Papers of Thomas Ferguson Rodger, presscuttings and miscellaneous material

Scope and Content

This is a very small section of material which includes:  

  • Bundle of presscuttings collected by Rodger on a variety of different mental health topics, including the impact of noise, the design of mental health hospitals, community care of the mentally ill, the healing power of the clergy, and the metaphysics of the atom bomb;
  • Other miscellaneous material including papers on the Tavistock Institute of Human Realtions study into the Glacier Metal Company in Glasgow; a note on relaxtion exercises; the constitution of the Medical Staff Association of the Glasgow South-Western Group of Hospitals; a notice for the appoinment of Medical Superintendent of Dundee Mental Hospital; and an examination paper for the Diploma in Psychological Medicine at the University of Durham.

Full item descriptions will appear here soon. For more information contact the Duty Archivist.

This description is part of the main  Thomas Ferguson Rodger collection which has been divided into the following sections, each with its own separate description:  

Administrative / Biographical History

Thomas Ferguson Rodger was born in Glasgow on 4 November 1907. His father, Thomas, was an insurance agent. He attended North Kelvinside School. He matriculated to study at the University of Glasgow in 1923 at the age of 15 and graduated BSc in 1927 and MB ChB with commendation in 1929. He married Jean Chalmers in 1934 and had three children. His eldest son, Alan Ferguson Rodger, went on to become Baron Rodger of Earsferry, a Scottish lawyer and Justice of the Supreme Court of the United Kingdom.

After completing his post-graduate medical training Rodger became assistant to Sir David Henderson at the Glasgow Royal Mental Hospital at Gartnavel and to Professor Adolph Meyer at the Department of Psychiatry in Johns Hopkins University, Baltimore (1931-1932). He returned to Gartnavel as the hospital's Deputy Superintendent and also worked as an Assistant Lecturer in Psychiatry at the University of Glasgow (1933-1940). During the Second World War he served in the Royal Army Medical Corps until 1944 and then with the Army Medical Services in India as a consultant in Psychiatry (1944-1945). He became an international authority on the techniques of officer selection and personnel deployment technique and rose to the rank of Brigadier.

Rodger returned to Scotland as Senior Commissioner to the General Board of Control and held this position until 1948. When he was appointed to the new Chair at the University in 1949 his department was based at the Southern General Hospital, and Rodger was instrumental (with the surgeon J Sloan Robertson) in establishing that hospital's reputation as a pioneer in combining Psychological Medicine and Neurological Sciences. An acknowledged leader in his field, Rodger was a consultant psychiatrist to the Southern General and the Glasgow Western Infirmary; Honorary Consulting Psychiatrist to the Army in Scotland; Vice-President of the Royal College of Psychiatry, and he served on Government and World Health Organisation committees. He was appointed CBE in 1967 and an Honorary Fellow of the Royal College of Psychiatry in 1972.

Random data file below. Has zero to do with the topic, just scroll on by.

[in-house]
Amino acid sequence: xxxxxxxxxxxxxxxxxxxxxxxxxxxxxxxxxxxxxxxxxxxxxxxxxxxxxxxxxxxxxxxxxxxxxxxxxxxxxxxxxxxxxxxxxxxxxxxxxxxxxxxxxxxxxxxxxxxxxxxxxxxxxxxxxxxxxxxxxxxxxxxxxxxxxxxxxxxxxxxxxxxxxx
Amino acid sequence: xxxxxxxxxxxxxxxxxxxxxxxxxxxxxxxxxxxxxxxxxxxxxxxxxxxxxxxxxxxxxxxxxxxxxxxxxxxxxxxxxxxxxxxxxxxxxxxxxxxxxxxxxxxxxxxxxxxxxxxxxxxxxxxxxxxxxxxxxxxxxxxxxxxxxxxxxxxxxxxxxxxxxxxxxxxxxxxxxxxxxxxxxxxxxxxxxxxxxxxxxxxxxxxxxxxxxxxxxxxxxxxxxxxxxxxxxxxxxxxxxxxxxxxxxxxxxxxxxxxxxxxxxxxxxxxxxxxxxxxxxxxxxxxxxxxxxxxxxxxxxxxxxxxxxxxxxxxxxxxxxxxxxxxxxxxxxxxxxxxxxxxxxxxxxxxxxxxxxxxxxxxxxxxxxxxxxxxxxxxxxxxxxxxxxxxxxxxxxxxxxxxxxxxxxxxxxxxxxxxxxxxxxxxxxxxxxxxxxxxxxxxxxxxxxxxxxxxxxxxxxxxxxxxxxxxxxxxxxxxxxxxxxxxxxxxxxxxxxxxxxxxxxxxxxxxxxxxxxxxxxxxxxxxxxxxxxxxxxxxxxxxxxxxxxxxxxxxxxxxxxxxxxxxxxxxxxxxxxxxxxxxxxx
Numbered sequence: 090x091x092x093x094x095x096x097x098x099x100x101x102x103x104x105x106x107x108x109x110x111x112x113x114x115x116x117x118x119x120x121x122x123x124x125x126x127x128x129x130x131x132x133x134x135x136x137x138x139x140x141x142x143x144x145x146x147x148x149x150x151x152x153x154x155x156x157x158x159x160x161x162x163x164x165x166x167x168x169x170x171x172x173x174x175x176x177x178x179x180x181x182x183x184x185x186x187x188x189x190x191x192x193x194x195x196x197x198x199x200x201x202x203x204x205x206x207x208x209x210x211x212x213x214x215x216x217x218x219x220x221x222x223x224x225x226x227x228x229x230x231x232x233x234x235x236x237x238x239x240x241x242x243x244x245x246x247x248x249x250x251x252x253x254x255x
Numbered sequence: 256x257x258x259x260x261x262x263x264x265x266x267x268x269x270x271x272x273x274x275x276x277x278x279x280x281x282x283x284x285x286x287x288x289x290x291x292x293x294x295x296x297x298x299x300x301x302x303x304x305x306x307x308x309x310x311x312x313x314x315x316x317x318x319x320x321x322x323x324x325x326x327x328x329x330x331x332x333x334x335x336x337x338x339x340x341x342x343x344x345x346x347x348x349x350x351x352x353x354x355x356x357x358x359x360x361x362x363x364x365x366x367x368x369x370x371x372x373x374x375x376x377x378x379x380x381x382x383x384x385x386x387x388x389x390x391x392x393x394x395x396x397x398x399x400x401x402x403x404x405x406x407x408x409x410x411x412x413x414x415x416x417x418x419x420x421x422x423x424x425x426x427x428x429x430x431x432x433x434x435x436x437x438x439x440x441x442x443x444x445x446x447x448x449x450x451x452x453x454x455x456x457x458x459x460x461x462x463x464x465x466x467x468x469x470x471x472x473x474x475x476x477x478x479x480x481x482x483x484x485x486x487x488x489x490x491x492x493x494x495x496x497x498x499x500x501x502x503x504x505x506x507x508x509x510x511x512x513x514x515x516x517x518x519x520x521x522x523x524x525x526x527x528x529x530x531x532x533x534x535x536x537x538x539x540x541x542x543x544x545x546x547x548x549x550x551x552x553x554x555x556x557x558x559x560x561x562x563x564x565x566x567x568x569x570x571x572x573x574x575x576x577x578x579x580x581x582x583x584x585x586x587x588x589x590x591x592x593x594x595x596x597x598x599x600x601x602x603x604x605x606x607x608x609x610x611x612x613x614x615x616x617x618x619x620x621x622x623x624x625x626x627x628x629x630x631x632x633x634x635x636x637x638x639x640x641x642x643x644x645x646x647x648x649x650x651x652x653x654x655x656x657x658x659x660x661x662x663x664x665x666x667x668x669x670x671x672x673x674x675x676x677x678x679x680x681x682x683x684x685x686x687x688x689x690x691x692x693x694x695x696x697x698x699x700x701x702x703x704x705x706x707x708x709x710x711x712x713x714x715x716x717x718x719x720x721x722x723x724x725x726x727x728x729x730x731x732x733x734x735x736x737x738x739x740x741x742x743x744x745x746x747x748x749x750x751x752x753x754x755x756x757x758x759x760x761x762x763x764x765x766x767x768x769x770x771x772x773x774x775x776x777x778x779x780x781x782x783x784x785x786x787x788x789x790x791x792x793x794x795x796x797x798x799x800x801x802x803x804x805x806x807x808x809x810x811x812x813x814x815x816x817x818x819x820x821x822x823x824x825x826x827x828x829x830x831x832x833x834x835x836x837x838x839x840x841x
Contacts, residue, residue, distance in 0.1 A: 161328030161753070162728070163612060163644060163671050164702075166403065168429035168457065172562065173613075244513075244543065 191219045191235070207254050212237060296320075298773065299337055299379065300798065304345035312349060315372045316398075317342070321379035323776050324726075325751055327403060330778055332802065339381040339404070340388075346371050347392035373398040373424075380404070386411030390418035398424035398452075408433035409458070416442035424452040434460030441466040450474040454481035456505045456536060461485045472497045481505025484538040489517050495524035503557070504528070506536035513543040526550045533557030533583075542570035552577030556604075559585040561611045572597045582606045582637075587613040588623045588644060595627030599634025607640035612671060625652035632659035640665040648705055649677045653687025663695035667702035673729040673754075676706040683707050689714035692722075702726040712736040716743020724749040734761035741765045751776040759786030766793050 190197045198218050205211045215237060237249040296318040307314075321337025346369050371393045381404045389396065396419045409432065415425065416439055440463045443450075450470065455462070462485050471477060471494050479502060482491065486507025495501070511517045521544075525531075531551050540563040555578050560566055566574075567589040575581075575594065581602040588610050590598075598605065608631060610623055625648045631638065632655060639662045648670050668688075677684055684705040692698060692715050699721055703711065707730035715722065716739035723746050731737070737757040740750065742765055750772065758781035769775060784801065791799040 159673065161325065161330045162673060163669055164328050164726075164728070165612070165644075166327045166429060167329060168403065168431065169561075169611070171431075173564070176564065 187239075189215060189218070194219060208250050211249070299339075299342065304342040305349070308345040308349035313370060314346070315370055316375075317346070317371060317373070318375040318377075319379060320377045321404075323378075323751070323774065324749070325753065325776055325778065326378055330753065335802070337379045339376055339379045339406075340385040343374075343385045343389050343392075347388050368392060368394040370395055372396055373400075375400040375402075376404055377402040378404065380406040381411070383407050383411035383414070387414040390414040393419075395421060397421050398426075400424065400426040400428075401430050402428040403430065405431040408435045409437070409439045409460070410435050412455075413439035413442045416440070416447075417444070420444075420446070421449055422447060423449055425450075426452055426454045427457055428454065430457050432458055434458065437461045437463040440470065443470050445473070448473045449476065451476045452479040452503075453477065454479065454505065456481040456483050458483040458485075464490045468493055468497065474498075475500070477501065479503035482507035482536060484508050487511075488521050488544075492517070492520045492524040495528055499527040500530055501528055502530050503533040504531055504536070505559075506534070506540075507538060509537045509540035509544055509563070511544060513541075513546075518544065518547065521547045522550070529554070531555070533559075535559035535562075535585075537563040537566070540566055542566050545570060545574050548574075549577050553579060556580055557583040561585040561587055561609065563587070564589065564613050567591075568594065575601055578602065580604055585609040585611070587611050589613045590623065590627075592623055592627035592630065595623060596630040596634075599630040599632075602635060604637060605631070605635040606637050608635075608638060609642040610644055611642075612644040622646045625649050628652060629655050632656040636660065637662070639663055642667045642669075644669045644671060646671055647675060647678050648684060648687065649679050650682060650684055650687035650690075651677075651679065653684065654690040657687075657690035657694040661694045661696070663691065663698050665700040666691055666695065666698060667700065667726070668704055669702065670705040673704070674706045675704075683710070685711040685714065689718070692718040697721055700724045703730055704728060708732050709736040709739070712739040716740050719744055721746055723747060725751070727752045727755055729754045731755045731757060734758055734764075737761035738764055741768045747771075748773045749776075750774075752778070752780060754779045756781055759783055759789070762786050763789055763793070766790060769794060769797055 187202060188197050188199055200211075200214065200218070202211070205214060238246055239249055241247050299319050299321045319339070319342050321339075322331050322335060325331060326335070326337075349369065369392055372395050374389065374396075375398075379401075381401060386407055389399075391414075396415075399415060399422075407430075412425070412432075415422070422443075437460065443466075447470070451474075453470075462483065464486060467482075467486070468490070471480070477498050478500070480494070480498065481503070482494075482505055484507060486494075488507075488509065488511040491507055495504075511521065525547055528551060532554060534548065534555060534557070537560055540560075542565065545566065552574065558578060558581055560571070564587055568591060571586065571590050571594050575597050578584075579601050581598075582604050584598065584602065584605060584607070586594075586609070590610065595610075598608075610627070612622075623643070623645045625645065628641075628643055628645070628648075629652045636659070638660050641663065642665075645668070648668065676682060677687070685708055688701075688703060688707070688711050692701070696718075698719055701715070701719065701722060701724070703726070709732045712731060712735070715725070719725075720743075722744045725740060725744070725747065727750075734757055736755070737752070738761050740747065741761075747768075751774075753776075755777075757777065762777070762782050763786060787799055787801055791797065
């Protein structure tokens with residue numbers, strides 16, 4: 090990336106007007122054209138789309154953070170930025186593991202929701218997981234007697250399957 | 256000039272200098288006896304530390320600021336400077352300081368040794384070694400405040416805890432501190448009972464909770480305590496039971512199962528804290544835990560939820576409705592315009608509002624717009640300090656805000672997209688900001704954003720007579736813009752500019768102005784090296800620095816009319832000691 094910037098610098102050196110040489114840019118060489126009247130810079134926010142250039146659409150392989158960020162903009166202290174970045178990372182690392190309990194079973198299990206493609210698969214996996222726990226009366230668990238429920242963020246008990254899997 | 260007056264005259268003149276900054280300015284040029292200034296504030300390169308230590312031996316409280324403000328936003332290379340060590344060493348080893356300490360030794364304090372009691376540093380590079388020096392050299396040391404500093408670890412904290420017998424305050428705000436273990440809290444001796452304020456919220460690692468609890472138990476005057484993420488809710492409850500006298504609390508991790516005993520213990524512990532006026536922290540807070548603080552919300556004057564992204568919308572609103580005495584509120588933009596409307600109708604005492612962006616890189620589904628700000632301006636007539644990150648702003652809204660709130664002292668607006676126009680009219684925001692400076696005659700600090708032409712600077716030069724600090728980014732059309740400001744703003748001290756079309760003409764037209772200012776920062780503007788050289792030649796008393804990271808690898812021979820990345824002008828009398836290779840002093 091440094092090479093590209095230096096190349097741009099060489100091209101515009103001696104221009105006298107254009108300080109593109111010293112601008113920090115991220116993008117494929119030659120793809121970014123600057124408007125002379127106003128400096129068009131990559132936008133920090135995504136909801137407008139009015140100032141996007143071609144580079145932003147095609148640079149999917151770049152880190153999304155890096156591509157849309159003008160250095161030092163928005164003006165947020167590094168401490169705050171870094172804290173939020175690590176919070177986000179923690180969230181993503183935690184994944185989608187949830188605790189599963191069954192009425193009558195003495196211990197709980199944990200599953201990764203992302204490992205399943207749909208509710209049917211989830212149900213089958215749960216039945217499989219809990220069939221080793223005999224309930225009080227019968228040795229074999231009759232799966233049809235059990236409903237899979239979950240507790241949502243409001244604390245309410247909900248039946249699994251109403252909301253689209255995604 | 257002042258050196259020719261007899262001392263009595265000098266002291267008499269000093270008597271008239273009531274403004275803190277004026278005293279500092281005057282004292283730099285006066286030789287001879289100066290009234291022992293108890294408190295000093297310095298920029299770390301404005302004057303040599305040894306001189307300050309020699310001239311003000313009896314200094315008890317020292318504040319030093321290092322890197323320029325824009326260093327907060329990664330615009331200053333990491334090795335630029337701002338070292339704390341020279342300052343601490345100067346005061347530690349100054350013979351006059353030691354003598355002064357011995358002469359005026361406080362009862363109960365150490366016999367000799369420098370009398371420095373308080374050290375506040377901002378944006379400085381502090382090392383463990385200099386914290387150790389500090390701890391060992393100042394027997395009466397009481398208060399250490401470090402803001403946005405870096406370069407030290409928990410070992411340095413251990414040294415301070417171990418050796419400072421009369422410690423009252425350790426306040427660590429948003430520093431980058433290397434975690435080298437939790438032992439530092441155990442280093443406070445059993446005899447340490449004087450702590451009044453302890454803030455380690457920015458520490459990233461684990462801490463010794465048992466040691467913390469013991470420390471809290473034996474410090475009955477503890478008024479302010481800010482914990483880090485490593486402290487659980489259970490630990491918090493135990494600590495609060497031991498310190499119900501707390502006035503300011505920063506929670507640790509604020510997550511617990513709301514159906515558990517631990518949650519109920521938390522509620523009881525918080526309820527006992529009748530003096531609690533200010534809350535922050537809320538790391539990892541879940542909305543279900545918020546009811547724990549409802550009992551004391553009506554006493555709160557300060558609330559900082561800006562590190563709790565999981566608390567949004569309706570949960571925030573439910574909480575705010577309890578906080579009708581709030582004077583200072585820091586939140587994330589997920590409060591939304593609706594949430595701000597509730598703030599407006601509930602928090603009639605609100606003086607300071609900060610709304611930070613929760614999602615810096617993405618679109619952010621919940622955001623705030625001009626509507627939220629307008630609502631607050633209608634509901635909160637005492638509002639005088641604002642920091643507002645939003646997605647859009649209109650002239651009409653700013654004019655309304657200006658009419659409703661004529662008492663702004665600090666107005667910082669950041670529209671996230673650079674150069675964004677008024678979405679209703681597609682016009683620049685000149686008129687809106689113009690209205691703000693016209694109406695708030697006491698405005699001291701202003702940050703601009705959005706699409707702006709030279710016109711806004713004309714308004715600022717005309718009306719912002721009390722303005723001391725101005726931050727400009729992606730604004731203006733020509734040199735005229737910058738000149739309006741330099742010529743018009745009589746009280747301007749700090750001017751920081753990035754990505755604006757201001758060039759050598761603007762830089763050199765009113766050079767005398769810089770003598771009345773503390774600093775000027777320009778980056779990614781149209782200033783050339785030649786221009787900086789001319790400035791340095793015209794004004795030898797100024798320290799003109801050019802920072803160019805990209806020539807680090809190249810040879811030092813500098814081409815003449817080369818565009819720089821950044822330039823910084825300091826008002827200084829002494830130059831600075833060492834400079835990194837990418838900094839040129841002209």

He retired in 1973 and died in Glasgow in 1978.

Rodger wrote his name in correspondence, publications and lectures as Rodger or T Ferguson Rodger. However he is always described in the administrative records of the University of Glasgow as Professor Rodger and he will be referred to as Rodger throughout this catalogue.

Conditions Governing Access


Physical Characteristics and/or Technical Requirements

None which affect the use of this material

Conditions Governing Use

Applications for permission to quote should be sent to the Archivist.

Reproduction subject to usual conditions: educational use and condition of documents

Appraisal Information

This material has been appraised in line with standard GB 0248 procedures

Related Material



No known publications using this material

Additional Information

Description compiled in line with the following international standards: International Council on Archives,ISAD(G) Second Edition, September 1999 and National Council on Archives,Rules for the construction of personal, place and corporate names

Scotland is the location of all place names in the administrative/biographical history element, unless otherwise stated.

Collection catalogued by Hannah Westall, Archives assistant, 24 May 2000. Converted to Encoded Archival Description by Gemma Tougher, Assistant Archivist (Cataloguing) May-June 2012 and Stephen Hall, Club 21 Cataloguing Volunteer, August 2012. Revised by Adele Redhead, Assistant Archivist, March 2003 and revised and rearranged by Gemma Tougher, Assistant Archivist (Cataloguing) April to August 2012.

Geographical Names